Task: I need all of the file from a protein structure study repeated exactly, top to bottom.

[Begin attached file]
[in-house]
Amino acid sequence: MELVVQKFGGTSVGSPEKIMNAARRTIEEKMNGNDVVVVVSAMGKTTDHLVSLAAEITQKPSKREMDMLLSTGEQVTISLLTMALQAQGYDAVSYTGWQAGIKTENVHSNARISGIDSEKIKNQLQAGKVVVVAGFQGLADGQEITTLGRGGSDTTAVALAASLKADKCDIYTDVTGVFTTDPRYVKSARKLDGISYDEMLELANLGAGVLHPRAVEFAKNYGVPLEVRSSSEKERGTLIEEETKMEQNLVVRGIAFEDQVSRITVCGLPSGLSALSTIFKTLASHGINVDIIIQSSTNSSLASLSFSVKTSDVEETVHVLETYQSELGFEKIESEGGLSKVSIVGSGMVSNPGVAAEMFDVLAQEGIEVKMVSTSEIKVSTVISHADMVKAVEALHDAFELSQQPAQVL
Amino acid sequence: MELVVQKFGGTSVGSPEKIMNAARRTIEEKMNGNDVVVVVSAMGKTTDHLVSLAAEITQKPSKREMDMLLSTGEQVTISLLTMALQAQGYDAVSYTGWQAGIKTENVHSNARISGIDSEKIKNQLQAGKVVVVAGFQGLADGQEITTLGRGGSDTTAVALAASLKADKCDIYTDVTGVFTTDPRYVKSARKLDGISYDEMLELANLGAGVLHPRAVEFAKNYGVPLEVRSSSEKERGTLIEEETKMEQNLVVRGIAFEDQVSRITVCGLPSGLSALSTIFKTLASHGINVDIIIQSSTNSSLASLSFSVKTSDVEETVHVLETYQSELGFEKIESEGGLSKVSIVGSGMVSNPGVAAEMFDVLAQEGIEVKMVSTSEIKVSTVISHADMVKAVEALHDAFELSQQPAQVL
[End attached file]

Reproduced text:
[in-house]
Amino acid sequence: MELVVQKFGGTSVGSPEKIMNAARRTIEEKMNGNDVVVVVSAMGKTTDHLVSLAAEITQKPSKREMDMLLSTGEQVTISLLTMALQAQGYDAVSYTGWQAGIKTENVHSNARISGIDSEKIKNQLQAGKVVVVAGFQGLADGQEITTLGRGGSDTTAVALAASLKADKCDIYTDVTGVFTTDPRYVKSARKLDGISYDEMLELANLGAGVLHPRAVEFAKNYGVPLEVRSSSEKERGTLIEEETKMEQNLVVRGIAFEDQVSRITVCGLPSGLSALSTIFKTLASHGINVDIIIQSSTNSSLASLSFSVKTSDVEETVHVLETYQSELGFEKIESEGGLSKVSIVGSGMVSNPGVAAEMFDVLAQEGIEVKMVSTSEIKVSTVISHADMVKAVEALHDAFELSQQPAQVL
Amino acid sequence: MELVVQKFGGTSVGSPEKIMNAARRTIEEKMNGNDVVVVVSAMGKTTDHLVSLAAEITQKPSKREMDMLLSTGEQVTISLLTMALQAQGYDAVSYTGWQAGIKTENVHSNARISGIDSEKIKNQLQAGKVVVVAGFQGLADGQEITTLGRGGSDTTAVALAASLKADKCDIYTDVTGVFTTDPRYVKSARKLDGISYDEMLELANLGAGVLHPRAVEFAKNYGVPLEVRSSSEKERGTLIEEETKMEQNLVVRGIAFEDQVSRITVCGLPSGLSALSTIFKTLASHGINVDIIIQSSTNSSLASLSFSVKTSDVEETVHVLETYQSELGFEKIESEGGLSKVSIVGSGMVSNPGVAAEMFDVLAQEGIEVKMVSTSEIKVSTVISHADMVKAVEALHDAFELSQQPAQVL